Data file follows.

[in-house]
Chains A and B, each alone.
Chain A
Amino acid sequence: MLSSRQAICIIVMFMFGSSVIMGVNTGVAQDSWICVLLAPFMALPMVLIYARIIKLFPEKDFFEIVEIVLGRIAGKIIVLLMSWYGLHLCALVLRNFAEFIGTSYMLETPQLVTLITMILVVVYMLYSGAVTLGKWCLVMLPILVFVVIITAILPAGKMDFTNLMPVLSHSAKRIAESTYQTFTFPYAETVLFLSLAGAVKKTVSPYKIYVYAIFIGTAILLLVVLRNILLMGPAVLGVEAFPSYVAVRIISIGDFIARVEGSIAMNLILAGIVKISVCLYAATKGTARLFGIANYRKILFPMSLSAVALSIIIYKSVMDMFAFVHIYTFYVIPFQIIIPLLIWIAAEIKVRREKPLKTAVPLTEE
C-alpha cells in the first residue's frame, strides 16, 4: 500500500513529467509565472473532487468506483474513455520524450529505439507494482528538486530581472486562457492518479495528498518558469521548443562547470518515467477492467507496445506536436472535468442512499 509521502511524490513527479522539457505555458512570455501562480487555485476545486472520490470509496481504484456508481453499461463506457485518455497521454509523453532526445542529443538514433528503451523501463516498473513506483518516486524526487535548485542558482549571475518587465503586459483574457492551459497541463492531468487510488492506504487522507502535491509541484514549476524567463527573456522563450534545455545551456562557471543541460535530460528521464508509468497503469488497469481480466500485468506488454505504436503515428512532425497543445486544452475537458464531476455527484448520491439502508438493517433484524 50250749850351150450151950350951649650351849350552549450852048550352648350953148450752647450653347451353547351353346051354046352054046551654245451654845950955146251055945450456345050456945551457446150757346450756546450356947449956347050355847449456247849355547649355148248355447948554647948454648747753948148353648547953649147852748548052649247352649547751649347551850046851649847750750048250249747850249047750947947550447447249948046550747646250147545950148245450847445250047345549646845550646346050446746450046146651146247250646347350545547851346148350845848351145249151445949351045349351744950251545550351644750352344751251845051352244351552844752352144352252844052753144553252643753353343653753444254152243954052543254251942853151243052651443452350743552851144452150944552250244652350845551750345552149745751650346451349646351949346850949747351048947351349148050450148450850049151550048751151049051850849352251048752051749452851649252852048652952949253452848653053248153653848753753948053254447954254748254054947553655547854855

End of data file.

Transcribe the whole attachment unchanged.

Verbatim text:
[in-house]
Chains A and B, each alone.
Chain A
Amino acid sequence: MLSSRQAICIIVMFMFGSSVIMGVNTGVAQDSWICVLLAPFMALPMVLIYARIIKLFPEKDFFEIVEIVLGRIAGKIIVLLMSWYGLHLCALVLRNFAEFIGTSYMLETPQLVTLITMILVVVYMLYSGAVTLGKWCLVMLPILVFVVIITAILPAGKMDFTNLMPVLSHSAKRIAESTYQTFTFPYAETVLFLSLAGAVKKTVSPYKIYVYAIFIGTAILLLVVLRNILLMGPAVLGVEAFPSYVAVRIISIGDFIARVEGSIAMNLILAGIVKISVCLYAATKGTARLFGIANYRKILFPMSLSAVALSIIIYKSVMDMFAFVHIYTFYVIPFQIIIPLLIWIAAEIKVRREKPLKTAVPLTEE
C-alpha cells in the first residue's frame, strides 16, 4: 500500500513529467509565472473532487468506483474513455520524450529505439507494482528538486530581472486562457492518479495528498518558469521548443562547470518515467477492467507496445506536436472535468442512499 509521502511524490513527479522539457505555458512570455501562480487555485476545486472520490470509496481504484456508481453499461463506457485518455497521454509523453532526445542529443538514433528503451523501463516498473513506483518516486524526487535548485542558482549571475518587465503586459483574457492551459497541463492531468487510488492506504487522507502535491509541484514549476524567463527573456522563450534545455545551456562557471543541460535530460528521464508509468497503469488497469481480466500485468506488454505504436503515428512532425497543445486544452475537458464531476455527484448520491439502508438493517433484524 50250749850351150450151950350951649650351849350552549450852048550352648350953148450752647450653347451353547351353346051354046352054046551654245451654845950955146251055945450456345050456945551457446150757346450756546450356947449956347050355847449456247849355547649355148248355447948554647948454648747753948148353648547953649147852748548052649247352649547751649347551850046851649847750750048250249747850249047750947947550447447249948046550747646250147545950148245450847445250047345549646845550646346050446746450046146651146247250646347350545547851346148350845848351145249151445949351045349351744950251545550351644750352344751251845051352244351552844752352144352252844052753144553252643753353343653753444254152243954052543254251942853151243052651443452350743552851144452150944552250244652350845551750345552149745751650346451349646351949346850949747351048947351349148050450148450850049151550048751151049051850849352251048752051749452851649252852048652952949253452848653053248153653848753753948053254447954254748254054947553655547854855